Jan 16 - Minimum Costs For Reducing Greenhouse Gases

A federal analysis of a national mandatory green house gas reduction bill shows that this goal could be reached with minimal costs to households and the economy. WasteNews.com reports.

The Energy Information Administration, part of the U.S. Energy Department, released its analysis Jan. 11 of a global warming bill proposed by Sen. Jeff Bingaman, D-N.M., the new chairman of the Senate Energy Committee. Bingaman's proposal is considered a more moderate approach than other climate change legislation that has been proposed in Congress.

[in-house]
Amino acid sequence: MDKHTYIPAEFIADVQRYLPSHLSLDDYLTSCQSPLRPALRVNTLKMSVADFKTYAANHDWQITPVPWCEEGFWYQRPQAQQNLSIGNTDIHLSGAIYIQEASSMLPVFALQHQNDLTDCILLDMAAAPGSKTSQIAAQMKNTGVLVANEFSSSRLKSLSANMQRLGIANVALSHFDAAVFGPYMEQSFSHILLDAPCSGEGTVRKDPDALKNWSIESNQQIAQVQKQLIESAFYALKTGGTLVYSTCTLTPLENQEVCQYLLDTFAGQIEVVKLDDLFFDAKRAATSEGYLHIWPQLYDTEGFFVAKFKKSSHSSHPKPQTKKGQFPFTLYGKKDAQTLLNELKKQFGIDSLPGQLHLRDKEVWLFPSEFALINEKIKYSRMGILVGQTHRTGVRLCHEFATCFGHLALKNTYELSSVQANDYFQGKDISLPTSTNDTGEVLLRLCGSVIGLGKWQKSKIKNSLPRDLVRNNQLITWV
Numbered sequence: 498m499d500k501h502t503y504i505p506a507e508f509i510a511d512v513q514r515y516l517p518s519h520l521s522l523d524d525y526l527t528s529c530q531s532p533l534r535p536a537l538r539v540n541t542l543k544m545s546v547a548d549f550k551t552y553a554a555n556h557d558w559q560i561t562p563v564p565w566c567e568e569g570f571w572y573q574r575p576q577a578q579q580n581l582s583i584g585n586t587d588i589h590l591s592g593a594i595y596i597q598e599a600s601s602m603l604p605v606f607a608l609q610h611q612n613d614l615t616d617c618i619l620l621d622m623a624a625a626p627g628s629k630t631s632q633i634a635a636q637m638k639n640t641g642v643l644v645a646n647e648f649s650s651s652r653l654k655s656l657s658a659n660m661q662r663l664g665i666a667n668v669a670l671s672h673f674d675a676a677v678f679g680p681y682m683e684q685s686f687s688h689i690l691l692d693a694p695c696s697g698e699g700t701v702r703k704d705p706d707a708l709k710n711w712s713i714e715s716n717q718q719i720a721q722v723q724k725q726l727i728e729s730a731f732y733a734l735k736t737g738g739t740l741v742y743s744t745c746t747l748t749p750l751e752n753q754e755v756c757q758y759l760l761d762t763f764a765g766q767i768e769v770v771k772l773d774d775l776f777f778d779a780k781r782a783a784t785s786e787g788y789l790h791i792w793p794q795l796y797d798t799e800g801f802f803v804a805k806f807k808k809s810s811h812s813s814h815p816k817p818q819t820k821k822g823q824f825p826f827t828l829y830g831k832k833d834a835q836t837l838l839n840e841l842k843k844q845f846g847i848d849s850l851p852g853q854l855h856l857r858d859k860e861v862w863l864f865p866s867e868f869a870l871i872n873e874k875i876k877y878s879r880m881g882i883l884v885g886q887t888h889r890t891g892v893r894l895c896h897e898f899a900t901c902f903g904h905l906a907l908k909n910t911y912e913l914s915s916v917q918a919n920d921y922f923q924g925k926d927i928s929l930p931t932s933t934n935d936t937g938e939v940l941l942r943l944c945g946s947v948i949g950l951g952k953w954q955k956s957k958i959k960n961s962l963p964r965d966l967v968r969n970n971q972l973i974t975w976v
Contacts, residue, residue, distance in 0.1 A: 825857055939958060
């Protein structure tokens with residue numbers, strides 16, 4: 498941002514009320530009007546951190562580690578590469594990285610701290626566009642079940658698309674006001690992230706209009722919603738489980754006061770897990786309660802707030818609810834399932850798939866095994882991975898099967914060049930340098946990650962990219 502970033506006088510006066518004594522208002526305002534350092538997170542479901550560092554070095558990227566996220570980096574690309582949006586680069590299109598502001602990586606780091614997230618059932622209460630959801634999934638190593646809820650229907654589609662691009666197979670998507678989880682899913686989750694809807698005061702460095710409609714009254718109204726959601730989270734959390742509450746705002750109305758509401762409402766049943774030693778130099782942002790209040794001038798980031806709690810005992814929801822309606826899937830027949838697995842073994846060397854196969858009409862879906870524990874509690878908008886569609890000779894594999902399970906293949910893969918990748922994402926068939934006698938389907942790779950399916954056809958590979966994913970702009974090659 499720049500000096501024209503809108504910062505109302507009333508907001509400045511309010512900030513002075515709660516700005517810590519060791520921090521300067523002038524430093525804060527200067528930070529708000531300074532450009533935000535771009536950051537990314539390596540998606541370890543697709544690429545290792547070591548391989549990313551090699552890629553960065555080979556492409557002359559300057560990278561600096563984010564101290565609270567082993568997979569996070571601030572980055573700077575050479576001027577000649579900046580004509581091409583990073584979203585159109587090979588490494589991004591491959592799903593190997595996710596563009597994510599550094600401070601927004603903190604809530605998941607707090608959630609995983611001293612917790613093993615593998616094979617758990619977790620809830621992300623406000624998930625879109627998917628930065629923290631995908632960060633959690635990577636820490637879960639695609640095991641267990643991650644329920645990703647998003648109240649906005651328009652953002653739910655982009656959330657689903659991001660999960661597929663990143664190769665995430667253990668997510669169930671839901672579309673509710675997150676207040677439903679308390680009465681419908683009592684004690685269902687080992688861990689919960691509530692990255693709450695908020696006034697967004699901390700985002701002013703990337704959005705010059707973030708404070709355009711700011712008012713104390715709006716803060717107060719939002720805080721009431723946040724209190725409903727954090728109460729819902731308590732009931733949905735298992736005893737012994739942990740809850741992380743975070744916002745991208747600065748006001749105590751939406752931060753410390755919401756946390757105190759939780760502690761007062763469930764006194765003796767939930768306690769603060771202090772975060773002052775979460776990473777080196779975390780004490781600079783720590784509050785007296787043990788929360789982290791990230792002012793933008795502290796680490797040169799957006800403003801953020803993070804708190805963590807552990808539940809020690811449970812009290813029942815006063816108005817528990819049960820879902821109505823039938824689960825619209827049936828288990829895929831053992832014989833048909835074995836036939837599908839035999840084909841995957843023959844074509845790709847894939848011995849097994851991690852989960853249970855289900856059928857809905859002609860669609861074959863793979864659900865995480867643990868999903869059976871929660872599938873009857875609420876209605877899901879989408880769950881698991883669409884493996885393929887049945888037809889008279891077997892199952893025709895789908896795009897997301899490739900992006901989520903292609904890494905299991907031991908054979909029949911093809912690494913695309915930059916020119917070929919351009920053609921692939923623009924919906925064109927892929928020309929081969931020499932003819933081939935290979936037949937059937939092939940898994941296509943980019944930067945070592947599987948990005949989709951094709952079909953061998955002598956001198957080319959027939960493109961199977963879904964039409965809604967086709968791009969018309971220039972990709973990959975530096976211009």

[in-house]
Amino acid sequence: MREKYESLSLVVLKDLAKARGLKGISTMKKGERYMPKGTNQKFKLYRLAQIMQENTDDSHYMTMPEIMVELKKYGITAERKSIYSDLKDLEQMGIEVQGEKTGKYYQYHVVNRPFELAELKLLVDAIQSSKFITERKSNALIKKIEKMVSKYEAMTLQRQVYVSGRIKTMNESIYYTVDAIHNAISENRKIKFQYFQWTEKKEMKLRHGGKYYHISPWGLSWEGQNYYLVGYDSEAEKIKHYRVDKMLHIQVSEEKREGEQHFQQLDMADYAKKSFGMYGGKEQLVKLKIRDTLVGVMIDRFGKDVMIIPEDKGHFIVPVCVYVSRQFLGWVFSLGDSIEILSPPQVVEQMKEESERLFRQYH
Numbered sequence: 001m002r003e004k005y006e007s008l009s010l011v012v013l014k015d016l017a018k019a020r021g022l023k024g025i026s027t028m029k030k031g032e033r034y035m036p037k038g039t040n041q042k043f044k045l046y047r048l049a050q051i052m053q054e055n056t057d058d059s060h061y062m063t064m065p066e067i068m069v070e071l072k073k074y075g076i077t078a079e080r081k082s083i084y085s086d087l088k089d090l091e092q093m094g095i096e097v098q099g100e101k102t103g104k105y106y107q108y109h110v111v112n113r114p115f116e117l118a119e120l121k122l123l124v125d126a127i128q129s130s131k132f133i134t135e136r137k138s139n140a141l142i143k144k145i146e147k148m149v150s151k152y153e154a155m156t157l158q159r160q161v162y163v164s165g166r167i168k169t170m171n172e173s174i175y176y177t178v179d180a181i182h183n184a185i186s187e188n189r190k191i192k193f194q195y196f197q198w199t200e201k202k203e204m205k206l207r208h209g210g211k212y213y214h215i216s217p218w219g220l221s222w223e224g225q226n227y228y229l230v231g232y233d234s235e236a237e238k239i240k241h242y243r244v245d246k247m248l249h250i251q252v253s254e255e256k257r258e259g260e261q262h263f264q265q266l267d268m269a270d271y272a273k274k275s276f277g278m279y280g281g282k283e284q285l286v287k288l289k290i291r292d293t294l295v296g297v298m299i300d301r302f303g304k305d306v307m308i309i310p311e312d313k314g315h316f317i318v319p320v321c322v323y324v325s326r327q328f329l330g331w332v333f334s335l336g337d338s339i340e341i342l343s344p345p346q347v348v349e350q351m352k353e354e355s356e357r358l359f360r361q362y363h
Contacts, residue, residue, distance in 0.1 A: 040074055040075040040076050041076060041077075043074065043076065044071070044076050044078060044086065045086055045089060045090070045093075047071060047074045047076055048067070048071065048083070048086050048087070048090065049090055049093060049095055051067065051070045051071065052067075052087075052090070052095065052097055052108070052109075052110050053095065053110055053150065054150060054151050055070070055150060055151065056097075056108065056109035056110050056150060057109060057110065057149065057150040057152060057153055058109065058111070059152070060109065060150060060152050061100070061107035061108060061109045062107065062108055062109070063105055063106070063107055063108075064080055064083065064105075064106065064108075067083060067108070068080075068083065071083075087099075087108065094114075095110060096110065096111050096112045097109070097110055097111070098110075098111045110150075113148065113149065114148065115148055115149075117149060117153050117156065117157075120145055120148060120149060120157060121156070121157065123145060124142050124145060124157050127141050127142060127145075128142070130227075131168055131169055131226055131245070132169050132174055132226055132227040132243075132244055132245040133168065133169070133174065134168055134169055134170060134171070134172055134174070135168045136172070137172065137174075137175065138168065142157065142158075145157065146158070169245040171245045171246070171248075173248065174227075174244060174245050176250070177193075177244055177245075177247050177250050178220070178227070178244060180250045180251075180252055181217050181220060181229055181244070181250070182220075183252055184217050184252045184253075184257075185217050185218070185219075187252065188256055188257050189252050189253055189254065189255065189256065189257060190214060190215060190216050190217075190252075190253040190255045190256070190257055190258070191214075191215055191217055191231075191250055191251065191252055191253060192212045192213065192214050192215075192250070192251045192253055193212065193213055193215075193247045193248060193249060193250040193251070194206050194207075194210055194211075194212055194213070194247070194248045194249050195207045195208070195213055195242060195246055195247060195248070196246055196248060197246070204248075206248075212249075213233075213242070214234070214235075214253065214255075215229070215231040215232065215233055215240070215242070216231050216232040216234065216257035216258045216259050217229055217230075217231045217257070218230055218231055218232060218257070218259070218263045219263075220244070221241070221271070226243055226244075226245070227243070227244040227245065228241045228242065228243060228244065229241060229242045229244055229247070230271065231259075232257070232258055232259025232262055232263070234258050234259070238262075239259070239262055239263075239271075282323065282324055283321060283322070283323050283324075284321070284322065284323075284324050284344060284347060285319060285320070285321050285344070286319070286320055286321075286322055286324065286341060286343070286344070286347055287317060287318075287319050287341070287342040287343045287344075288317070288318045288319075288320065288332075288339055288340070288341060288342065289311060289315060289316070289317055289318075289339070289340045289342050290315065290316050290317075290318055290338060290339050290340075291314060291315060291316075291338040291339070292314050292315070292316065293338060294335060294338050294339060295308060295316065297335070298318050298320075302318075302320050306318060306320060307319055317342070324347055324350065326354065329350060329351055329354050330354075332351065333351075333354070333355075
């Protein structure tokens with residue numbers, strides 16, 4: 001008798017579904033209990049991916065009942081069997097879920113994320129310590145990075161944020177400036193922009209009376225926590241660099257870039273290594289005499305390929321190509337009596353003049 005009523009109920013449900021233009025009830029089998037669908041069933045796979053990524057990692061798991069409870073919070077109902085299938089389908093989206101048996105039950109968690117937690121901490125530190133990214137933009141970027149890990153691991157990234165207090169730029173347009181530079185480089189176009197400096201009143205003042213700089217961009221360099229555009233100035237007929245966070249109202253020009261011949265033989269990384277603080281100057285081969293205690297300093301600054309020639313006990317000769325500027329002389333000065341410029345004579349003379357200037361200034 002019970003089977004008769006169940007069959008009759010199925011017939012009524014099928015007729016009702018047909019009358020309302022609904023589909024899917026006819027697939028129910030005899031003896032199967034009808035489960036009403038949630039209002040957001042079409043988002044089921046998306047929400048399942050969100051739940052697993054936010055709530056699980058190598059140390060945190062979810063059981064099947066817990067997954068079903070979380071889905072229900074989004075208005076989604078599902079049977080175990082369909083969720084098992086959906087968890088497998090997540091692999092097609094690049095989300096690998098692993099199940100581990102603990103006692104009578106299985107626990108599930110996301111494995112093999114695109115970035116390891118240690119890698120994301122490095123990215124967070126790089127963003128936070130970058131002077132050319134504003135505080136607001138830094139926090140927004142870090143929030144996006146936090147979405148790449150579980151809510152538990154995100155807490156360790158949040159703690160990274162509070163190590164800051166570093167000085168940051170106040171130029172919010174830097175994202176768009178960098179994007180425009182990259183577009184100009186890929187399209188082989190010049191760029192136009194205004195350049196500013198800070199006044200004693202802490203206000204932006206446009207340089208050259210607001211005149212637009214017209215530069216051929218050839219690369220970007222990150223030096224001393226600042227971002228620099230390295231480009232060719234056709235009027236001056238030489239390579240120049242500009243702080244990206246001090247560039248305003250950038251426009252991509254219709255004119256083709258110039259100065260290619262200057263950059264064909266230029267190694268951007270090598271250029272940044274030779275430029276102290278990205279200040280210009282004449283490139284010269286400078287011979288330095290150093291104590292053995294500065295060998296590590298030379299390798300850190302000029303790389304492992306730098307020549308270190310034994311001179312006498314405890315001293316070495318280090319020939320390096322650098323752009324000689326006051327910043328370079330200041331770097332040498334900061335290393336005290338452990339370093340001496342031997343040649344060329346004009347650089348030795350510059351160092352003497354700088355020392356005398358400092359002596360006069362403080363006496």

"I am committed to developing bipartisan climate change legislation that can pass the Congress this year," Bingaman said. "Getting good analysis of draft legislation is the critical first step to understanding the impacts of global warming policy."

Among the EIA's conclusions about Bingaman's bill:

  • The legislation would reduce greenhouse gas emissions by 5 percent in 2015, increasing to 14 percent by 2030, compared to emissions without any legislation.
  • Electricity prices for consumers would increase by less than 11 percent by 2030.
  • The cost to the U.S. economy would be less than 0.1 percent of Gross Domestic Product through 2030.
  • Coal would continue to play a major role in electric generation, but increase by only 23 percent by 2030 as compared to 53 percent without the program.
  • Renewable energy generation would rise by 53 percent by 2020.

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